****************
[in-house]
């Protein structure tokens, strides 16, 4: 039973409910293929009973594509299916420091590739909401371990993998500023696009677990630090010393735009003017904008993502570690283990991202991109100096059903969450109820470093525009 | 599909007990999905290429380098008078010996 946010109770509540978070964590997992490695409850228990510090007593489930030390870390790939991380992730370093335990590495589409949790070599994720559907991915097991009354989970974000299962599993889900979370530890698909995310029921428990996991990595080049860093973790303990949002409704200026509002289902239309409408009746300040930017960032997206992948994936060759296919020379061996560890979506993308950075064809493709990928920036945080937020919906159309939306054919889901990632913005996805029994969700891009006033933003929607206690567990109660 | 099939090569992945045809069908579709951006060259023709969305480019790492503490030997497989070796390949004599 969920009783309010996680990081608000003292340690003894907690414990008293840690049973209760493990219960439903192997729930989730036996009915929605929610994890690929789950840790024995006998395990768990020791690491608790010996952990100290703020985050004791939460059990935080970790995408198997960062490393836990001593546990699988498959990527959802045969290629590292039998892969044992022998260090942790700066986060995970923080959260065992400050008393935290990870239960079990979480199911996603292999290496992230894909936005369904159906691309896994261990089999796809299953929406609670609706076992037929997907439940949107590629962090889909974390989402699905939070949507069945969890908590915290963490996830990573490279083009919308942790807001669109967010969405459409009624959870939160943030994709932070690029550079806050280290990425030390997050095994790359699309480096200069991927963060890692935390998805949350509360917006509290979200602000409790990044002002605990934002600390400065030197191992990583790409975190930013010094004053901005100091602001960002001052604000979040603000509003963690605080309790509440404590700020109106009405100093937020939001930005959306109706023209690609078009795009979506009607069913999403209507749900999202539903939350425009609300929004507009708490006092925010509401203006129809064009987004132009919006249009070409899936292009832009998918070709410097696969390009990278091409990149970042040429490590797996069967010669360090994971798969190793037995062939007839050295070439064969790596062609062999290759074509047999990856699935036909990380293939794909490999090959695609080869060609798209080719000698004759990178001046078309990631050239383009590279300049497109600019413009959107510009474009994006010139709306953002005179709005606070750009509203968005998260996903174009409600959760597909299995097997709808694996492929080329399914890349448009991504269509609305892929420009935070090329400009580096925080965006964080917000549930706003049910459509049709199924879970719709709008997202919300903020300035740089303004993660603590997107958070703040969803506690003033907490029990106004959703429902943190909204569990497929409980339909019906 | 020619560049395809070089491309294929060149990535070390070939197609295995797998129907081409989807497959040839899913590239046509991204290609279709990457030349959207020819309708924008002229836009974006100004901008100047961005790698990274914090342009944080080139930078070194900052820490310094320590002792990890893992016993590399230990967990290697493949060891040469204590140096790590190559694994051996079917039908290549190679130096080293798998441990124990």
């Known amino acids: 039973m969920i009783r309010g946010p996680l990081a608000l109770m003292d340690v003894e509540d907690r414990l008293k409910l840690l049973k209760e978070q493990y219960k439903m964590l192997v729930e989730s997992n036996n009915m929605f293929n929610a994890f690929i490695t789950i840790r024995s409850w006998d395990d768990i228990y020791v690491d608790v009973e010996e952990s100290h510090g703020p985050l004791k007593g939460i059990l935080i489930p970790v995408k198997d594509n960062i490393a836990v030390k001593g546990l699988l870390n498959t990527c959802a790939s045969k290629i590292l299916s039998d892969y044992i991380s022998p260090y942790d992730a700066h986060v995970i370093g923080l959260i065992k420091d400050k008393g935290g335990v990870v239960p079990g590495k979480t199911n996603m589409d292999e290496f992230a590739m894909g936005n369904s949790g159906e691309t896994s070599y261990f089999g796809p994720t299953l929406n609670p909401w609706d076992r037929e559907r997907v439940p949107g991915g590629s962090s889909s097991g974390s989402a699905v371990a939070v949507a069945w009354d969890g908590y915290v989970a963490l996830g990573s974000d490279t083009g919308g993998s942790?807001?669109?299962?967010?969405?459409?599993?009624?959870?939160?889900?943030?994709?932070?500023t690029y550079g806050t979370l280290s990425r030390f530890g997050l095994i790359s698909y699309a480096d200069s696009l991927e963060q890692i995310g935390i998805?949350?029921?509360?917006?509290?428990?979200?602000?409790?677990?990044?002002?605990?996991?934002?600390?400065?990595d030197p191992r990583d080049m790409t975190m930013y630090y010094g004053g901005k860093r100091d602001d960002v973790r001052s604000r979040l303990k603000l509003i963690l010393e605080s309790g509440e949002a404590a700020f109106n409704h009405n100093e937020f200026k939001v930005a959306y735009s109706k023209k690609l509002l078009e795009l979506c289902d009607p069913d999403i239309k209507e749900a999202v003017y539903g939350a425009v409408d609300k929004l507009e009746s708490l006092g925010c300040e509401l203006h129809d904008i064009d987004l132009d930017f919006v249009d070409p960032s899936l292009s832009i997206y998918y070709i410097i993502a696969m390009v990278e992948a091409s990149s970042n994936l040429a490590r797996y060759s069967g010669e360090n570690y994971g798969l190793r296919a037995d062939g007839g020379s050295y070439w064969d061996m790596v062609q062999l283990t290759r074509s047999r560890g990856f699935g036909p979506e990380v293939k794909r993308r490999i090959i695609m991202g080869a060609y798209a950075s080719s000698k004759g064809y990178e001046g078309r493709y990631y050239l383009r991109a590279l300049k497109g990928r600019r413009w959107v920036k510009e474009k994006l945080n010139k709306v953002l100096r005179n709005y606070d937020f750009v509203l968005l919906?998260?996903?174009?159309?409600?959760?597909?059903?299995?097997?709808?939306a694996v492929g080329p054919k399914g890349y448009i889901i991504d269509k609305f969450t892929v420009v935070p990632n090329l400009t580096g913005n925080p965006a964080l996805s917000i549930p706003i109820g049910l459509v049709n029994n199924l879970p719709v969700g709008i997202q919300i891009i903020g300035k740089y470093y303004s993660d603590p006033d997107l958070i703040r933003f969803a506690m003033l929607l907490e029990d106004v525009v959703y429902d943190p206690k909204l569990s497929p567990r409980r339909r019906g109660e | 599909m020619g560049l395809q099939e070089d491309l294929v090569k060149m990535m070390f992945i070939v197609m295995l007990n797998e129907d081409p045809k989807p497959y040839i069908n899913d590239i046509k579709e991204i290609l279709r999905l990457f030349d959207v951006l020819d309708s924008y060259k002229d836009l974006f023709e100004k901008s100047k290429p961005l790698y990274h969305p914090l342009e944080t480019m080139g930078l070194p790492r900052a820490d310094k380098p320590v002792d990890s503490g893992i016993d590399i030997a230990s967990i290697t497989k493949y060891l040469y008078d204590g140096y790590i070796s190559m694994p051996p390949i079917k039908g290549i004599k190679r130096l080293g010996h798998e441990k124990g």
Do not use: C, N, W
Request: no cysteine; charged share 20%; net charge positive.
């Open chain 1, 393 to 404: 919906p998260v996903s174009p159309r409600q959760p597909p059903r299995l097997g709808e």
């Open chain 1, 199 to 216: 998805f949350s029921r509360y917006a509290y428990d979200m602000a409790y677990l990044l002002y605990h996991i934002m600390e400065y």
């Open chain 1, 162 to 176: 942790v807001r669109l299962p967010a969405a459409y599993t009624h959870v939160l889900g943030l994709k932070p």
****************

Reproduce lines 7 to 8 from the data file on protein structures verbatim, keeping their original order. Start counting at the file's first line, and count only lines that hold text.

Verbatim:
């Open chain 1, 199 to 216: 998805f949350s029921r509360y917006a509290y428990d979200m602000a409790y677990l990044l002002y605990h996991i934002m600390e400065y």
């Open chain 1, 162 to 176: 942790v807001r669109l299962p967010a969405a459409y599993t009624h959870v939160l889900g943030l994709k932070p």